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SAP HANA SPS 11: New Developer Features; XS Advanced

This blog is part of the larger series on all new developer features in SAP HANA SPS 11: SAP HANA SPS 11: New Developer Features


The History and Value Proposition of XS

From the very beginning, SAP HANA was always intended to be more than just a database.  SAP has long referred to SAP HANA as the SAP HANA Platform.  And with good reason.  HANA has all the traditional capabilities of a relational and analytical database, but also has many extra features like full text search, spatial processing, and predictive analytics.


Figure 1: SAP HANA Platform

These features have been designed to be deeply intertwined and embedded in the core HANA processing. This way they also benefit from the In-Memory and massive parallel processing capabilities of HANA.

As SAP was building the first set of applications that leveraged all of these extended capabilities of SAP HANA, we began to see the possibility to build complete applications where almost all the processing took place within the database. Therefore it seemed disappointing in these cases to have to add to the infrastructure footprint of such applications by requiring an additional application/web server if that part was only providing minimal functionality.

We saw an opportunity to embed a small footprint application and web server within SAP HANA itself. And so SAP HANA extended application services (or XS for short) was first introduced with SAP HANA SPS 05.  This enabled SAP, customers, and partners to develop applications which ran completely within the single SAP HANA “box”. We could reduce architectural layers and by doing so delivery applications with a lower total cost of ownership.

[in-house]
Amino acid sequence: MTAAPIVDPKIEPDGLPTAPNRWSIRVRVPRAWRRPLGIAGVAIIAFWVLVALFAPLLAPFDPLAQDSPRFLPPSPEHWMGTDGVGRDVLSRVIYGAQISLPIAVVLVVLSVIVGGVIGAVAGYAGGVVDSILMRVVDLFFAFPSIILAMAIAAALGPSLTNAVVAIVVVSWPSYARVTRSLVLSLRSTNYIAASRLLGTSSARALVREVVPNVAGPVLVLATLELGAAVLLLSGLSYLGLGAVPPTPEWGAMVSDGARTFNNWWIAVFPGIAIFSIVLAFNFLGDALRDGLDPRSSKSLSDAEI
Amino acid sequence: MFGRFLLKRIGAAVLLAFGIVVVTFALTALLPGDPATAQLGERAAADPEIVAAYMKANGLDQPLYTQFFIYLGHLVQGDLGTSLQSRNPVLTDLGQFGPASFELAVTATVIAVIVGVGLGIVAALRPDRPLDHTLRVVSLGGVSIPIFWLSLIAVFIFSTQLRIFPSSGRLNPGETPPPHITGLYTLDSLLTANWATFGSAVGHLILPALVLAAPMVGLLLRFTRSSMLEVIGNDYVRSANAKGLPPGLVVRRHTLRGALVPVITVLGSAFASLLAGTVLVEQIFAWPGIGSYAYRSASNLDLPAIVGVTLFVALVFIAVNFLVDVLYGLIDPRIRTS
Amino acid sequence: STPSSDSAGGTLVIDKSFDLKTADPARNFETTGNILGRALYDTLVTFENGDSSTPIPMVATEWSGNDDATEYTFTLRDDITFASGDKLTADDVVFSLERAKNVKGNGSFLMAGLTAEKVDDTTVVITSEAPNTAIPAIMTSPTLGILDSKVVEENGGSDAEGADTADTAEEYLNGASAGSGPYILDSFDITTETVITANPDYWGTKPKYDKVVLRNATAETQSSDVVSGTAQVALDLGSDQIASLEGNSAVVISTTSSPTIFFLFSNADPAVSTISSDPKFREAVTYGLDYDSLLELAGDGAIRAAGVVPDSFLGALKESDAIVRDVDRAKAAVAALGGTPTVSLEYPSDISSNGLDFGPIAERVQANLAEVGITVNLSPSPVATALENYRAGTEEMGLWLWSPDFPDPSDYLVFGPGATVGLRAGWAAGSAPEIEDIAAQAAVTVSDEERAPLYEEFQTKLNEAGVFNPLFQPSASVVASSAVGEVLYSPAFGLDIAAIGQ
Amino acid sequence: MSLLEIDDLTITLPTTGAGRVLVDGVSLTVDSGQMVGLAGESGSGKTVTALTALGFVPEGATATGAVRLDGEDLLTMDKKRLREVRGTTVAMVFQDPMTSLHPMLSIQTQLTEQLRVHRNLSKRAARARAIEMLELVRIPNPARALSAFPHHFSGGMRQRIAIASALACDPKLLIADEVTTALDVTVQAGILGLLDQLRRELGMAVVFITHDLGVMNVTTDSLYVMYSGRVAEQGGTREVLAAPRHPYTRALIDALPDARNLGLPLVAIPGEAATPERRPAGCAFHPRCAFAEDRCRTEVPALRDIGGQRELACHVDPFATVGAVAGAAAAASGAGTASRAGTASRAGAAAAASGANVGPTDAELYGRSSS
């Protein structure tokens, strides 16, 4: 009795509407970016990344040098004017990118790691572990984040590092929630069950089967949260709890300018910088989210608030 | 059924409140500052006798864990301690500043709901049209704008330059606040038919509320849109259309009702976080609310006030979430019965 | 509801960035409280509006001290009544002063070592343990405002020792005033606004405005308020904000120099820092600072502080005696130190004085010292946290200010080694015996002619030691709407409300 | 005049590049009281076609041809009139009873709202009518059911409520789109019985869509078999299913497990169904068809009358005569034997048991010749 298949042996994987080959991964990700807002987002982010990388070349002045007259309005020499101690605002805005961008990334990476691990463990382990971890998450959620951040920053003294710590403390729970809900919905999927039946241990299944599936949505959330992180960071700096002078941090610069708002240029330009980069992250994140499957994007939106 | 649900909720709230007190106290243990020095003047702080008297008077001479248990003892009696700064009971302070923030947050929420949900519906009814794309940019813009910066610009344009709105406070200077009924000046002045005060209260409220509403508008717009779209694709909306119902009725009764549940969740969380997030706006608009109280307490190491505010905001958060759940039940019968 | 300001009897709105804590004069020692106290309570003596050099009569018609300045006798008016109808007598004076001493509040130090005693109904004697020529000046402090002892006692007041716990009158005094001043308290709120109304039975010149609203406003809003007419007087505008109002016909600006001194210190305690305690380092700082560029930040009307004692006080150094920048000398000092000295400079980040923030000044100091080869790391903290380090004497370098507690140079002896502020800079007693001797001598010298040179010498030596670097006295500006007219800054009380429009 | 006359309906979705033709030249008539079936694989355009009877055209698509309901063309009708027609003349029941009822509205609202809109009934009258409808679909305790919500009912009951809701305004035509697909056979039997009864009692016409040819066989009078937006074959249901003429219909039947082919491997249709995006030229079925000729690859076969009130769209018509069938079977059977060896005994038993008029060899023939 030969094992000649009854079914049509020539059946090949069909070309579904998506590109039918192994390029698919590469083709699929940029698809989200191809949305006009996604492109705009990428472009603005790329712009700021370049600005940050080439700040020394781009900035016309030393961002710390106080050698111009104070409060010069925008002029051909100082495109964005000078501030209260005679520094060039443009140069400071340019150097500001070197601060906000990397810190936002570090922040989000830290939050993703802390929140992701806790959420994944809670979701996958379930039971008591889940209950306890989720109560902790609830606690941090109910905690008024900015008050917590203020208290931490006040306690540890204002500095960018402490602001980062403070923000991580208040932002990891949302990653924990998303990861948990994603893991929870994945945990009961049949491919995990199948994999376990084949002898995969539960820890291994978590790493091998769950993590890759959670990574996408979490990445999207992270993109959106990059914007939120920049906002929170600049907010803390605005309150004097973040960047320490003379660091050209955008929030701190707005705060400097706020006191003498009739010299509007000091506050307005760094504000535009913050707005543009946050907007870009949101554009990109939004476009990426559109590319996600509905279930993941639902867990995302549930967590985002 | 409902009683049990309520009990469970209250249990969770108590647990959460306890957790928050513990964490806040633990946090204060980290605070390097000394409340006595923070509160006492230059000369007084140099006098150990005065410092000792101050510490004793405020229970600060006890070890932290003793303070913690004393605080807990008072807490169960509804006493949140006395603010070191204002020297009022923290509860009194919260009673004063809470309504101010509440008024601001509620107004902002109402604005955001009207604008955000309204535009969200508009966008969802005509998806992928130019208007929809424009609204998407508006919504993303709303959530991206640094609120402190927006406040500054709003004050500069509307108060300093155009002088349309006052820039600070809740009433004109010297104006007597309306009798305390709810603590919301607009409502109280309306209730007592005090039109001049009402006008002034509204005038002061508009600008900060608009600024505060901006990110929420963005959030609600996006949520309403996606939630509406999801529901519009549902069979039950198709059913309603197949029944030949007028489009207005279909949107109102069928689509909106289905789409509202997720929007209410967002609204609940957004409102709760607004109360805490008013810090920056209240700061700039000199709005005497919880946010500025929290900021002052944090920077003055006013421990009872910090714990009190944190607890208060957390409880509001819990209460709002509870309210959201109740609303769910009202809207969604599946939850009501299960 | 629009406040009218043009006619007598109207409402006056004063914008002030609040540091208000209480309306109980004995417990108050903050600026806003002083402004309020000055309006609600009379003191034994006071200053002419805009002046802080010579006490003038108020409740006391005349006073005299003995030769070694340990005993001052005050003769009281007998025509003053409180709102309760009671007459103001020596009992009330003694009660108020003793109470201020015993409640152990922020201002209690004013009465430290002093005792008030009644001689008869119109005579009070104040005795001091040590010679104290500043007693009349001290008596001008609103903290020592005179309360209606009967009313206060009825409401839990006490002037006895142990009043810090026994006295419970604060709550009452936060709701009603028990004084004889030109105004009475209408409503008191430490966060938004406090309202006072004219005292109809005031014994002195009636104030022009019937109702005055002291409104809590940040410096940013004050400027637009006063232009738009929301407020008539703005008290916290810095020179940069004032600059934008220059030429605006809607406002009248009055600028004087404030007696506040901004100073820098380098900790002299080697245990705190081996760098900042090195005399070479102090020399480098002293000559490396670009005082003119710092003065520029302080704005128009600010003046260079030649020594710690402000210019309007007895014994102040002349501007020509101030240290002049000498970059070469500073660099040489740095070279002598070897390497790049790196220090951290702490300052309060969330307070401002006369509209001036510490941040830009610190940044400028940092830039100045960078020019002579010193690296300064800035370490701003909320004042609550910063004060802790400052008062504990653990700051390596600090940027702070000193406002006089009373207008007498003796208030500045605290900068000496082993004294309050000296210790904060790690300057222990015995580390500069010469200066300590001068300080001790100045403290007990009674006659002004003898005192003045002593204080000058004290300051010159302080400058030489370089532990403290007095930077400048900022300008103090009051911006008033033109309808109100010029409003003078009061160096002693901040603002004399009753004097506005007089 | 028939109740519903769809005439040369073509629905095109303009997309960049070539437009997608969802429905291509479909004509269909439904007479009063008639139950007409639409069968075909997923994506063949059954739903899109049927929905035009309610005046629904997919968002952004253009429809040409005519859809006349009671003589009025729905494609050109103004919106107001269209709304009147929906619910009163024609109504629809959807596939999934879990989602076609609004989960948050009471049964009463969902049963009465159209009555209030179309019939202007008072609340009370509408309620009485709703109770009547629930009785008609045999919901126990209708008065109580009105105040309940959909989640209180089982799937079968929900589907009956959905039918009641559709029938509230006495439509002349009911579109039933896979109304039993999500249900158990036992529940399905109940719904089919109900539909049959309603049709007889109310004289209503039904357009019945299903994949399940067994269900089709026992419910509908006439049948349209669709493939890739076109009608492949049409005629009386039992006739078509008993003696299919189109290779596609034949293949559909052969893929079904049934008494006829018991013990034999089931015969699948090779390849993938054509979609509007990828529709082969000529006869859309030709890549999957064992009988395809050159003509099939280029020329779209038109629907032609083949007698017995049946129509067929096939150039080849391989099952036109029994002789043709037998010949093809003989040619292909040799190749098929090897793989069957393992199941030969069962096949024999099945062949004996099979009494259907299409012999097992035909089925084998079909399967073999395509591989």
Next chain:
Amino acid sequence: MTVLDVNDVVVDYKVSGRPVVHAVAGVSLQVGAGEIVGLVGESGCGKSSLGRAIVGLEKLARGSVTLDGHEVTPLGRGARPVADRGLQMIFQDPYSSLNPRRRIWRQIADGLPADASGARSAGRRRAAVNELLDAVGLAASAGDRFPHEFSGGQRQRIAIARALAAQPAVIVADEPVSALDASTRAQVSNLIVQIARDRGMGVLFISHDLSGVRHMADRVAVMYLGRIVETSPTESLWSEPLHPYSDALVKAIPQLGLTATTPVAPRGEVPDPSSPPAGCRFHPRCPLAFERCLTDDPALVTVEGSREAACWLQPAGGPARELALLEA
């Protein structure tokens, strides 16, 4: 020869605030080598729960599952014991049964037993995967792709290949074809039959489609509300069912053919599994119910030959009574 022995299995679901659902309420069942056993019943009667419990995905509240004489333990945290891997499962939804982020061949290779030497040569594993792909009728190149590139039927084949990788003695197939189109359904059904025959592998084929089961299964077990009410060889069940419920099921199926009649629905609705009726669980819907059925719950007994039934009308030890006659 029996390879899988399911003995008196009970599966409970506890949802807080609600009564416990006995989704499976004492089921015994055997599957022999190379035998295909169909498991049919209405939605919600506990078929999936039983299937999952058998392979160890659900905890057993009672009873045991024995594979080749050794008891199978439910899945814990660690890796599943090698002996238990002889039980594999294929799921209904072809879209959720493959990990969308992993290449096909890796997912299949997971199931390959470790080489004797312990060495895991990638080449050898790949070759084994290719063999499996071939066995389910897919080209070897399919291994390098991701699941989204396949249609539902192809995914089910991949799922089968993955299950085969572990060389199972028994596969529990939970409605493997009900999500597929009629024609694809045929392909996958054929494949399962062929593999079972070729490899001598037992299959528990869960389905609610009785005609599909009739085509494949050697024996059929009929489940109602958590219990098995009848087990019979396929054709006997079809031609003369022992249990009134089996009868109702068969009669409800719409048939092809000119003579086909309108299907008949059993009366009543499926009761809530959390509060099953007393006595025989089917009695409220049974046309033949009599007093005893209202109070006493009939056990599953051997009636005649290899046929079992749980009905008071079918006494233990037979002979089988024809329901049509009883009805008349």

This simplified architecture meant that a single process was used to install, patch and administer both the database and the application server layers within SAP HANA. It also meant that single application archive could be used to install with one step a complete application composed of everything from the data model, application logic, service enablement, and user interface.

XS Evolves Into XS Advanced

Requirements change over time and so too has XS within SAP HANA. SAP HANA extended application services in SPS 11 represents an evolution of the application server architecture building upon the previous strengths while expanding the technical scope.


Figure 2: XS Architecture as of SAP HANA SPS 11

Cloud Foundry